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Following last week’s dust up between Tesla CEO Elon Musk and John Broder of the New York Times, several reporters from other news organizations and Tesla enthusiasts recreated Broder’s ill-fated trip between Washington, D.C. and Boston. Peter Valpes-Dapena, writing for CNN Money, took the trip successfully, though “not without some anxiety” that he too would need rescue from a tow truck. “In the end, I made it,” he writes, “and it wasn’t that hard.”
Not that hard – that’s what Tesla owners said, too. Six of them set out over the weekend to take the drive and livetweeted their trip (#TeslaRoadTrip), sending updates about everything from their speed to temperatures both inside and outside the car. Several other Tesla owners joined for legs of the journey: as many as a dozen Model S cars cruised up the New Jersey Turnpike and other areas of the Northeast corridor. The drivers took video footage and photos along the way, livestreaming as they approached the Milford, CT, supercharging station (where Broder’s car ran out of juice).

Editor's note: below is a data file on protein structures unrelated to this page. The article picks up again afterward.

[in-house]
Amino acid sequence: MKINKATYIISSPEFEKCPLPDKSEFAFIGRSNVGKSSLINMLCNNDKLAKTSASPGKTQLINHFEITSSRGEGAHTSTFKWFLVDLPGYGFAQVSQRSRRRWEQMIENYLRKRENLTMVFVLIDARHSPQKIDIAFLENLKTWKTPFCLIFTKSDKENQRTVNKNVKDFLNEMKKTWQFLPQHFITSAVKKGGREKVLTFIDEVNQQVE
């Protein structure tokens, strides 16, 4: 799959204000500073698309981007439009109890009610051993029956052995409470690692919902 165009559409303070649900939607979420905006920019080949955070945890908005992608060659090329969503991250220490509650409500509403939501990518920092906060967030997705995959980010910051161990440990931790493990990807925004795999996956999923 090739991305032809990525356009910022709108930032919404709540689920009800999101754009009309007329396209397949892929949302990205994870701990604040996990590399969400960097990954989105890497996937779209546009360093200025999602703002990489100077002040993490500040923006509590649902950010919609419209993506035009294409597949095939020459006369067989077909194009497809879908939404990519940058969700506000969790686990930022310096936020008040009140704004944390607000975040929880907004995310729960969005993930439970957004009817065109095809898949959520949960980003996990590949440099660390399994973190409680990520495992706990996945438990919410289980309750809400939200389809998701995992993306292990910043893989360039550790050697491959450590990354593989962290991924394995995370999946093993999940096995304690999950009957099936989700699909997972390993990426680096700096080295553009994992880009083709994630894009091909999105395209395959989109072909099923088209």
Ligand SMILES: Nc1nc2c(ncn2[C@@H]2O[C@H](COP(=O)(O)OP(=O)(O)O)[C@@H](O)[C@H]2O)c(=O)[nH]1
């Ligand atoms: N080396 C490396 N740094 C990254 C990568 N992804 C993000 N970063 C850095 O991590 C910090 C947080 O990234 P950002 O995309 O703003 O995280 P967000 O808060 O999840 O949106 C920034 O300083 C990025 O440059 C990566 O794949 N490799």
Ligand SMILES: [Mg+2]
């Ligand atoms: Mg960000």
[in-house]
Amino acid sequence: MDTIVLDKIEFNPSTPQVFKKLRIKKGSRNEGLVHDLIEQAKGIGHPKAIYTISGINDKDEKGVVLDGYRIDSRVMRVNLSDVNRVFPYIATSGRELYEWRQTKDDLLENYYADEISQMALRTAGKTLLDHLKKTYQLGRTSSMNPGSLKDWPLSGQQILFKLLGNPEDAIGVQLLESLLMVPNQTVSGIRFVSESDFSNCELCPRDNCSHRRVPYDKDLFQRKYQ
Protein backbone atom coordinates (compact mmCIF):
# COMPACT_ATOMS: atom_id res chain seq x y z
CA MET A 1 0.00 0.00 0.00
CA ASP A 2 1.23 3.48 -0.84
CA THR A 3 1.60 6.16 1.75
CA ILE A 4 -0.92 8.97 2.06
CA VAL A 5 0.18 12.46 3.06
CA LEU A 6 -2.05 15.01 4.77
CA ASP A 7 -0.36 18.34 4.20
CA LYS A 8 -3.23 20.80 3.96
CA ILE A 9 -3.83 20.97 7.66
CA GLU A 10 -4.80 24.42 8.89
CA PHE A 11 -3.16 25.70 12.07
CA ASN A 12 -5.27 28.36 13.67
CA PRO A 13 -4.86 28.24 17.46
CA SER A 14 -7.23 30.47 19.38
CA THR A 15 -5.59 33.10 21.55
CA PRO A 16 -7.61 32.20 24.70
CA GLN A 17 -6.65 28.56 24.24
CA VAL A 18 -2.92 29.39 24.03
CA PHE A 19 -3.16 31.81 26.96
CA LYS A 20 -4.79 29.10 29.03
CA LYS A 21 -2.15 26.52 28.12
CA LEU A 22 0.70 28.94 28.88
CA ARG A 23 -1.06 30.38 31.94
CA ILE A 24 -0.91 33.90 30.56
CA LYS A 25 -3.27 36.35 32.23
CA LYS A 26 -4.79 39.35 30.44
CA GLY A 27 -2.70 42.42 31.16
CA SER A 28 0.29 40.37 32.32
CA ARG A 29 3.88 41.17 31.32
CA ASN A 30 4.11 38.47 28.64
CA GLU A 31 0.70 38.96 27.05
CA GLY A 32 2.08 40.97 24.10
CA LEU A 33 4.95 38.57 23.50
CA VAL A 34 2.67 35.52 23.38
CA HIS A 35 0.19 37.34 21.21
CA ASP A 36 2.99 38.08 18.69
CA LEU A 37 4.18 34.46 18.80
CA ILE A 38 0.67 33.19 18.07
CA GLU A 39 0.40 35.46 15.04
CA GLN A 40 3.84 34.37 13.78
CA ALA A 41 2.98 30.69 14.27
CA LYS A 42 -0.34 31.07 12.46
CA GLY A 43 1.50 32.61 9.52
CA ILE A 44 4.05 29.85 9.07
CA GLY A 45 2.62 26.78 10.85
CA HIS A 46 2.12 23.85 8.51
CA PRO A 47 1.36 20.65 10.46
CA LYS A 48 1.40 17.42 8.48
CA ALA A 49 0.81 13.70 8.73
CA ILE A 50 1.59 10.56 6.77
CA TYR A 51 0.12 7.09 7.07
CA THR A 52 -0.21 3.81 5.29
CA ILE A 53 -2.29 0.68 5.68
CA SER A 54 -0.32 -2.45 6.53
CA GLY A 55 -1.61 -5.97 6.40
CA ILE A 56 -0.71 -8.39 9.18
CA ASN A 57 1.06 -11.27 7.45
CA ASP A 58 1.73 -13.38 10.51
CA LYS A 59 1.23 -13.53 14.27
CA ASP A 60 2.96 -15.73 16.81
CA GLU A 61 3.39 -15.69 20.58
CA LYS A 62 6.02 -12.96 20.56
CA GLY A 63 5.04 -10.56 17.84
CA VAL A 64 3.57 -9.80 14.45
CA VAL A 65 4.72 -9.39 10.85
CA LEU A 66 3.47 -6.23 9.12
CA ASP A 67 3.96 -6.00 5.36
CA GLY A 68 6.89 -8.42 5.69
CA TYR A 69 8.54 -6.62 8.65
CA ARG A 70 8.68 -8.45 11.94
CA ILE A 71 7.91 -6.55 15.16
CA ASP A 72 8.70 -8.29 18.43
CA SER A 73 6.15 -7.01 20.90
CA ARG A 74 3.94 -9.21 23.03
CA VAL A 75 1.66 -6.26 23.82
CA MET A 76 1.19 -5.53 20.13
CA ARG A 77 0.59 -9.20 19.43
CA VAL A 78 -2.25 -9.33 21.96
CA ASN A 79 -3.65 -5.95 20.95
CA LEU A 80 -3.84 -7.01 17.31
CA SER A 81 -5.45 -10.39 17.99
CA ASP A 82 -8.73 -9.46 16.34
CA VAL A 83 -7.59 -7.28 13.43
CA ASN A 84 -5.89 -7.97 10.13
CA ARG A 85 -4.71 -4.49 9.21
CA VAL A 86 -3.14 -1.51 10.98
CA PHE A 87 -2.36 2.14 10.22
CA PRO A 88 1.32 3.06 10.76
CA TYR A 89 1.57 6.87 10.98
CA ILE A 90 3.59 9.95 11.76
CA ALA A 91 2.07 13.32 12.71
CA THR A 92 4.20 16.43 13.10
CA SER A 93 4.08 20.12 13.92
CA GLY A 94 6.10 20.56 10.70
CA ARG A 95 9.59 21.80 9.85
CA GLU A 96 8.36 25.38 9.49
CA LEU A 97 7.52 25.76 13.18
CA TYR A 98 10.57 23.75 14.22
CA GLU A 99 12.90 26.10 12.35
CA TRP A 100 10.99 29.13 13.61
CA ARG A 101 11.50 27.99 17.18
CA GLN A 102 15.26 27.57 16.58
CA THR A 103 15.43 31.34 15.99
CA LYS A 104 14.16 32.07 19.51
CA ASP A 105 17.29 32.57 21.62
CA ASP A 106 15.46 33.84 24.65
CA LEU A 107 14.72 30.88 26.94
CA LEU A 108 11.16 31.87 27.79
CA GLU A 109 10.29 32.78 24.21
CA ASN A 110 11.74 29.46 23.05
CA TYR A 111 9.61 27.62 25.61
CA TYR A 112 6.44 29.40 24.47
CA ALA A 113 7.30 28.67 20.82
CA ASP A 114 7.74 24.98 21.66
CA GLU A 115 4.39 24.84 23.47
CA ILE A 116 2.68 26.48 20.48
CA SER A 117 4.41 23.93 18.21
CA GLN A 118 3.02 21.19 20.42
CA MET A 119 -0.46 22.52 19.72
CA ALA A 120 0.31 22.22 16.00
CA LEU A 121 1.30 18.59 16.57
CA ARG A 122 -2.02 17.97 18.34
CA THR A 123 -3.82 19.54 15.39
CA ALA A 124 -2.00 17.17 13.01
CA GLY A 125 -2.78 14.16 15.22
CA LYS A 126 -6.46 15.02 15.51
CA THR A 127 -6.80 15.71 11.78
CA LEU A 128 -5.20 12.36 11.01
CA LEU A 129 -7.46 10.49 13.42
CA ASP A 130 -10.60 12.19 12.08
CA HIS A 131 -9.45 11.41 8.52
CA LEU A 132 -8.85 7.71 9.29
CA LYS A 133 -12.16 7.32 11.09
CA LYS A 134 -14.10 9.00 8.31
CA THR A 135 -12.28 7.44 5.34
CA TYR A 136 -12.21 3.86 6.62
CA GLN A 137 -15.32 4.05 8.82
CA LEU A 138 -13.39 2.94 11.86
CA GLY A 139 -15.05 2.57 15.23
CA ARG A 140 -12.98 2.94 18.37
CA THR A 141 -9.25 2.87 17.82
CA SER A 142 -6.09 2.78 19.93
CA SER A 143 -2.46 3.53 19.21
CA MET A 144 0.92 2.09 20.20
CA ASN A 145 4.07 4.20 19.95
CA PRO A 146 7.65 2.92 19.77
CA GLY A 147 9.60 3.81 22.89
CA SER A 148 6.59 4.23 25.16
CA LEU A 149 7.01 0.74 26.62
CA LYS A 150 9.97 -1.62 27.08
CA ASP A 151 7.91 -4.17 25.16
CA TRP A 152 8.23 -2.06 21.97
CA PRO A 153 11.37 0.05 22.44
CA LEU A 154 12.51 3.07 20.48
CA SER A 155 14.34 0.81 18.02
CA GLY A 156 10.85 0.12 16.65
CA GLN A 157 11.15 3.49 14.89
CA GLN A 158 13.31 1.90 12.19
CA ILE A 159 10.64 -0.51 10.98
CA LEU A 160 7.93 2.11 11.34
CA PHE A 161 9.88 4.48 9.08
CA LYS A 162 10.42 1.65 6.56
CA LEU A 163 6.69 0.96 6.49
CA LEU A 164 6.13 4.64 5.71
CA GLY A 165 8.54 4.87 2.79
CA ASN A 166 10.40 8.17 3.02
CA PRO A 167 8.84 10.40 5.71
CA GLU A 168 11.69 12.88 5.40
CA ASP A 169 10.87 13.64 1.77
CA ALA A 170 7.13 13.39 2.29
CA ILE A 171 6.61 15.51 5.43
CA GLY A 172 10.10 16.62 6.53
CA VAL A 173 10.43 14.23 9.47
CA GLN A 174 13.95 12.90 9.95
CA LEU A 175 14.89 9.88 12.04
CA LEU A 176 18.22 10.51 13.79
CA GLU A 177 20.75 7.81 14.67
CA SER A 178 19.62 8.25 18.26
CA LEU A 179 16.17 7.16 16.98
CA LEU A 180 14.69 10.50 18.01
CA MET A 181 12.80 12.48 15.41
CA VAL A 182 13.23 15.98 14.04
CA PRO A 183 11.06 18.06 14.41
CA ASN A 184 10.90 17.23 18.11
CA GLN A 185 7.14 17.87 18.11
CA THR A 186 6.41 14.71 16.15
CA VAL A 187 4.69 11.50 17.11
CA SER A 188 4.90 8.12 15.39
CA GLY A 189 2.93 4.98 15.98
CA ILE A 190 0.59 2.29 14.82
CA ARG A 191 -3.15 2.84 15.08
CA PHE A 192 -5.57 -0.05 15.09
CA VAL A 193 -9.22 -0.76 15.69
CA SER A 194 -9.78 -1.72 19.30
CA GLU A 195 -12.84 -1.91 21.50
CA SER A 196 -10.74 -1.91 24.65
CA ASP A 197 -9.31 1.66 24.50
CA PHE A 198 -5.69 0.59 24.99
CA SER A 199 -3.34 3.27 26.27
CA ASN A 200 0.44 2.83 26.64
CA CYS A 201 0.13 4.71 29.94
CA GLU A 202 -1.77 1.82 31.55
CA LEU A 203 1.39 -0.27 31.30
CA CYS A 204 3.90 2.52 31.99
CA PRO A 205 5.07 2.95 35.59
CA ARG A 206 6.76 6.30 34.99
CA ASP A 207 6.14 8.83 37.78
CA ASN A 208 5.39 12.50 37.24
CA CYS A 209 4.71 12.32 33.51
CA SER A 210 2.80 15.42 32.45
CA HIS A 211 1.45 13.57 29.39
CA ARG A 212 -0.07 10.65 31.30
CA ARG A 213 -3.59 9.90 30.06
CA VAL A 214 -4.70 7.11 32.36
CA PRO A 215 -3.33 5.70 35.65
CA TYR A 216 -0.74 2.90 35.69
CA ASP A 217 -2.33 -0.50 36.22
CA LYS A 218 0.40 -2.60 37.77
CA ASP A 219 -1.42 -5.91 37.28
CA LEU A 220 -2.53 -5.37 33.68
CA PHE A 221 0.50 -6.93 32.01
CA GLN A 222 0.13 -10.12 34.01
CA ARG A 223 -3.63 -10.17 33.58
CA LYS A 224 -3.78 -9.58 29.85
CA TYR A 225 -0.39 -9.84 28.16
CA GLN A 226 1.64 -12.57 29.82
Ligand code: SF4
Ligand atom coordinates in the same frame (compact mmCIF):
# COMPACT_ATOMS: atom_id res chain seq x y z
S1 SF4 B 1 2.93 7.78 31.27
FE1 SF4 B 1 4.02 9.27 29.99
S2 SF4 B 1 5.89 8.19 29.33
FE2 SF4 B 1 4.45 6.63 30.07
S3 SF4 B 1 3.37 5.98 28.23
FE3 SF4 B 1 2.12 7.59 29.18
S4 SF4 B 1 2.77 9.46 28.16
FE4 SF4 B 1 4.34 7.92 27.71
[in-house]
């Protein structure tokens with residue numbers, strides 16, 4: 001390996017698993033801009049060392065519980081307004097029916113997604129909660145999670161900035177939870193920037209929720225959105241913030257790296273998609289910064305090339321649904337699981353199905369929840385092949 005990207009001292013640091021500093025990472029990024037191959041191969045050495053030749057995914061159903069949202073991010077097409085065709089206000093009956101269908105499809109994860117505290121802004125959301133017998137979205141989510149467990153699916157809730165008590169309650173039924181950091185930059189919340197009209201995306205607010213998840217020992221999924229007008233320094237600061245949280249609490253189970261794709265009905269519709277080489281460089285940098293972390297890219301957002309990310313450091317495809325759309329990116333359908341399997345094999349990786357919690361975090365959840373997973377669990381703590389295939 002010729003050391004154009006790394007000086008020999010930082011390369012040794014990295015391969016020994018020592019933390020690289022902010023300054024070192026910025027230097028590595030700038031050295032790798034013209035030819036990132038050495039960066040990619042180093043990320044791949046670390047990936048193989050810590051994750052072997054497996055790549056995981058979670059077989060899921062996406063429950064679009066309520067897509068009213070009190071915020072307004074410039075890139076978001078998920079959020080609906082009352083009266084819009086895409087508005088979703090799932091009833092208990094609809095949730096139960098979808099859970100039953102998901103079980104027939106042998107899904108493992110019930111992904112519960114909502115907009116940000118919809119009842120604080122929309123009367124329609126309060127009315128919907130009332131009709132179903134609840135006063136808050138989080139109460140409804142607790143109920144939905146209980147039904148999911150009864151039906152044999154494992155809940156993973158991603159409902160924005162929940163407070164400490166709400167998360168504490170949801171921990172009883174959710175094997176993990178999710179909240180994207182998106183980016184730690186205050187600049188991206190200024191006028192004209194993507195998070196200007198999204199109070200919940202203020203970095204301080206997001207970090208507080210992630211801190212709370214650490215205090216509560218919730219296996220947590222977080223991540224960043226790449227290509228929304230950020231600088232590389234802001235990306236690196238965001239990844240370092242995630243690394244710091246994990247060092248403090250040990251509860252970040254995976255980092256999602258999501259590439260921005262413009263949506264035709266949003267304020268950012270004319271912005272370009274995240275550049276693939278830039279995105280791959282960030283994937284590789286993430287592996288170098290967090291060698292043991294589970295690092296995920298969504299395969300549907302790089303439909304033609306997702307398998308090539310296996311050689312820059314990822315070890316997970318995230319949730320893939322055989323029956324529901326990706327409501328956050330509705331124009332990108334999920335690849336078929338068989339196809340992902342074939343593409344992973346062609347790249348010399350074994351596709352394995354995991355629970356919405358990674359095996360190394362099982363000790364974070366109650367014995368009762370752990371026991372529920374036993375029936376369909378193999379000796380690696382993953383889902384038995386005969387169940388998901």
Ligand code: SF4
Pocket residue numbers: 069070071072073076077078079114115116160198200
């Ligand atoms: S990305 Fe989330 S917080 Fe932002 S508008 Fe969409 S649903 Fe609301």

Attempting to sort out the charges and countercharges, the New York Times Public Editor, Margaret Sullivan, wrote a post calling Broder out for not practicing “good judgment” and criticizing his “casual and imprecise notes,” though rejecting Musk’s charges of bad faith reporting. Techdirt noted that businesses and individuals can now reach audiences as large or larger than many traditional media sources on their own, and can “fact check” on their own. In the end, this became about more than the trip itself. It became a story about journalistic standards, and how technology – in the car, and in social media – might challenge the old admonition never to pick a fight with someone who buys ink by the barrel.